Making a Community Art Mural with Kids
Well, in addition to calling myself a mosaicist, I can now add that I’m a “muralist.” Recently I and my painter colleague Hilary Tait Norod ran a two-week class with 10 and 11 year olds in which the kids (at least mostly the kids) designed and created a really wonderful wall mural (15 feet wide by 6 feet high) that includes both paint and mosaics, at Medford High School.
Both Hilary and I have done plenty of work with kids, so we didn’t get too fussed about that part. After all, we reasoned, parents who sign their children up for a “community art” class must think their kids have some interest in making art.
However, never having done a project on such a scale and with a specific timeframe before, we worried a bit that (a) no kids would sign up, (b) way too many kids would sign up, (c) we would finish in a week and have a bunch of bored kids on our hands for another week, or (d) we’d be nowhere near done on the last day.
Day 1: Sheer luck was on our side for sure! The day before the class began only three kids had registered. Would that be enough, we wondered? The first morning we started with one almost 10 year old girl and three boys who were all siblings: 10-year-old twins and their older brother. A bit later a mother arrived with her 11-year-old daughter, although she wasn’t on the registration list. And then a mom walked in with two girls age 12 and a slightly younger boy, all of whom had signed up for a computer class that had been cancelled! Now we had eight students; was that too many?
Day 2: The three computer kids didn’t return. So we proceeded from then on with five kids--Marcello, Juliana, Salma, Sebi, and Desi--which turned out to be a pretty good number for a wall mural the size we did.
Our first task—teaching the kids about murals and leading them through the design process—turned out to be the hardest. The room we were given had no windows and the kids had some trouble focusing when summer was calling from outside. Some particularly hot days that was a good thing, but three hours can be a LONG time when you’re young, you love computer games and not so much sitting still and listening. Luckily for us, the school, which has about 1500 students, is so large that seniors are assigned to take new freshman around to their classes the first week of school until they learn the routes! So we walked around a lot. In addition to taking a long walk outside every day, we visited the murals made by seniors (one section shown here) and discussed “concept”: What did the artists want to say? What is really going on here? What makes you think that? We wanted the children to come up with their own concept for the mural, so we needed them to really get the idea that a concept is more than a description of what will be where on the wall.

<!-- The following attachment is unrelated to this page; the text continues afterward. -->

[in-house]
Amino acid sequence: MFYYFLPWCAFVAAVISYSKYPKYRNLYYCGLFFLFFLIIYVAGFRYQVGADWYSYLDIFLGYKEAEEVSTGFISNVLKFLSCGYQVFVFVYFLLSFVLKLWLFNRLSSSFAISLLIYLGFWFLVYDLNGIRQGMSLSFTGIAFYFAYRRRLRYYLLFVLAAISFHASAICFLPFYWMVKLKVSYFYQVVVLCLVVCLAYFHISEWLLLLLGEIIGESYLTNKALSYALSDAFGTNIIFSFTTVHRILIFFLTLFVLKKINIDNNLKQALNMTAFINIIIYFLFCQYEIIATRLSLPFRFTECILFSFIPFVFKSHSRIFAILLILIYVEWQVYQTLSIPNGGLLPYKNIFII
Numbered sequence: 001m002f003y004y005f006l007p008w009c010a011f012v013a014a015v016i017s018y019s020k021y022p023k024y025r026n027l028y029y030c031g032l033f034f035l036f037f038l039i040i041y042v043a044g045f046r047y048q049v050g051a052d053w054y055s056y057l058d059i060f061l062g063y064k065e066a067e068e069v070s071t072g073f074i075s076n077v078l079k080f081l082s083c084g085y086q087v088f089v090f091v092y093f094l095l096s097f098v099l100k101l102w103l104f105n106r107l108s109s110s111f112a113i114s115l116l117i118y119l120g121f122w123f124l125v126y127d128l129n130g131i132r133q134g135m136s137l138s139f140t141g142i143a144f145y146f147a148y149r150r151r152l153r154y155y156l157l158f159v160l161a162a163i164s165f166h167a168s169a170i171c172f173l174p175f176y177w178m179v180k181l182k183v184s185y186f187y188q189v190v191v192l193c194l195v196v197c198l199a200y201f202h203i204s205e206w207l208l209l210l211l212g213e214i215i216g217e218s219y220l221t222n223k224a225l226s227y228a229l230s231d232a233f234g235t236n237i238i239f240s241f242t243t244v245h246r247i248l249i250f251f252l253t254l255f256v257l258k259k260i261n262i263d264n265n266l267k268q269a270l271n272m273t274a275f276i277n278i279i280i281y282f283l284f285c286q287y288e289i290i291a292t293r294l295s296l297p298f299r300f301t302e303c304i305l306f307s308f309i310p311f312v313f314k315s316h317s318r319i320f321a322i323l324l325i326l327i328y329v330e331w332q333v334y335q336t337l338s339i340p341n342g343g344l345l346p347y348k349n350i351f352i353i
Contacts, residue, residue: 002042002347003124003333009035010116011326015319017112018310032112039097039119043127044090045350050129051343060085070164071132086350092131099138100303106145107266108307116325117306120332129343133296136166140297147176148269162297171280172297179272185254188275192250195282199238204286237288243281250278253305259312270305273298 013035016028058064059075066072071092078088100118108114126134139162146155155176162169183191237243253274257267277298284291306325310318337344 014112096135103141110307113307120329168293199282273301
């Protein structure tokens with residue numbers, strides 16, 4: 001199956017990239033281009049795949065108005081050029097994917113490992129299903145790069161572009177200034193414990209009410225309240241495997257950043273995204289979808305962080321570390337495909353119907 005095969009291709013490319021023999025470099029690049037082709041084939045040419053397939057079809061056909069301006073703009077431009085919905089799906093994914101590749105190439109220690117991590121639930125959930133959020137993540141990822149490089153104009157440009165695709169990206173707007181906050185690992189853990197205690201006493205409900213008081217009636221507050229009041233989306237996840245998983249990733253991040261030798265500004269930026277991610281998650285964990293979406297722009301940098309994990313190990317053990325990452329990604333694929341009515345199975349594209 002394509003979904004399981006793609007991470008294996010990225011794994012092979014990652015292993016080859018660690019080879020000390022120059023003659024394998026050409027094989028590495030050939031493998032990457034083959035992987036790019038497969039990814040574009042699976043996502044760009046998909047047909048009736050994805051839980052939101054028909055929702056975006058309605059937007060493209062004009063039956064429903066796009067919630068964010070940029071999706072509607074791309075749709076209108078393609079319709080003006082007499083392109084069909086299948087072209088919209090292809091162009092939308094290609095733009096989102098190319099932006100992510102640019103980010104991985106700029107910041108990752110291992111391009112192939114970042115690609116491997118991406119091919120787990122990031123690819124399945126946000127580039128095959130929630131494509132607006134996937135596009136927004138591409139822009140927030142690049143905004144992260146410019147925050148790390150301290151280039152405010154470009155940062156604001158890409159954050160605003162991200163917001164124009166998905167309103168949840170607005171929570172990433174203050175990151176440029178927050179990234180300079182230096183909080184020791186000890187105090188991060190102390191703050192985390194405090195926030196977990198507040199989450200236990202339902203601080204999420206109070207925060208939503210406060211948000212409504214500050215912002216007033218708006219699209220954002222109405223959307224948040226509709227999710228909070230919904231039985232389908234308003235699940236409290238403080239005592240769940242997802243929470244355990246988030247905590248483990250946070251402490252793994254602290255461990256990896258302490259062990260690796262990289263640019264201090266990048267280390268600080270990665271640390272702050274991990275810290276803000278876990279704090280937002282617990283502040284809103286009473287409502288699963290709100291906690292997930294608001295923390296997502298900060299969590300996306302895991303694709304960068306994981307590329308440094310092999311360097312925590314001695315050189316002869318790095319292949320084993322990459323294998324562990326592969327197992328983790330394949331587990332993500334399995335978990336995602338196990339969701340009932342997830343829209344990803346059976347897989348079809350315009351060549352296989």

Day 4: Concept! Juliana, who’s 11, came up with the concept we all agreed on, once we all understood exactly what she meant. We had spent part of the class playing with mosaic materials and making practice tiles, after which we walked over to the wall where our mural would be and talked about concept again. Juliana explained that the concept could include the elements of nature (earth, air, water, and metal, plus light and dark) coming together to create our world, but expressed in “shards.” That is, different fragments of things together create the relationships and connections that make our world. Nice!
Day 5: Meeting with Dr. John Perella, Headmaster of Medford High School, to describe the concept, show him our very rough sketches, and ask for his approval. He was quite enthusiastic (but more on that later). Then we started sketching out the specifics of our mural on the actual wall—exciting! Finally the kids decided on a (very nice) palette of colors for the “shards,” by experimenting with mosaic tiles until they got a combination of colors that worked well together.
Days 6-9: Making the mural: After painting black outlines around all the shards, we taught the students about color mixing and created paint colors that matched the mosaics they had chosen. We started with primary red, yellow, blue, black, and white, plus a premixed golden yellow and brown. We were all excited by the great colors we created!
Day 10: Last day and party! We grouted the mosaic pieces, went over all the black outlines, removed masking tape and tarps, and cleaned up. By 11:15 we were ready to greet our party guests: the students’ families, Headmaster, other staff and teachers from the high school who had watched our progress with interest, and even Medford’s Mayor, Michael McGlynn (who loved the mural)!
Dr. Perella told the kids how very impressed he was with the result, admitting that he “didn’t think the result would be THIS good.” (High praise!) He added that all the walls of the high school are a canvas for future projects!
So, in the end, all our worries evaporated. We were done on time (although barely!), everyone loved the finished mural, and the kids had fun and learned a lot about art and how to work together on a public project. And Medford High School now has a permanent piece of art that everyone passing by in the busy hallways can enjoy for many years!
Susan Altman: Mosaicist, Community Artist, Writer/Editor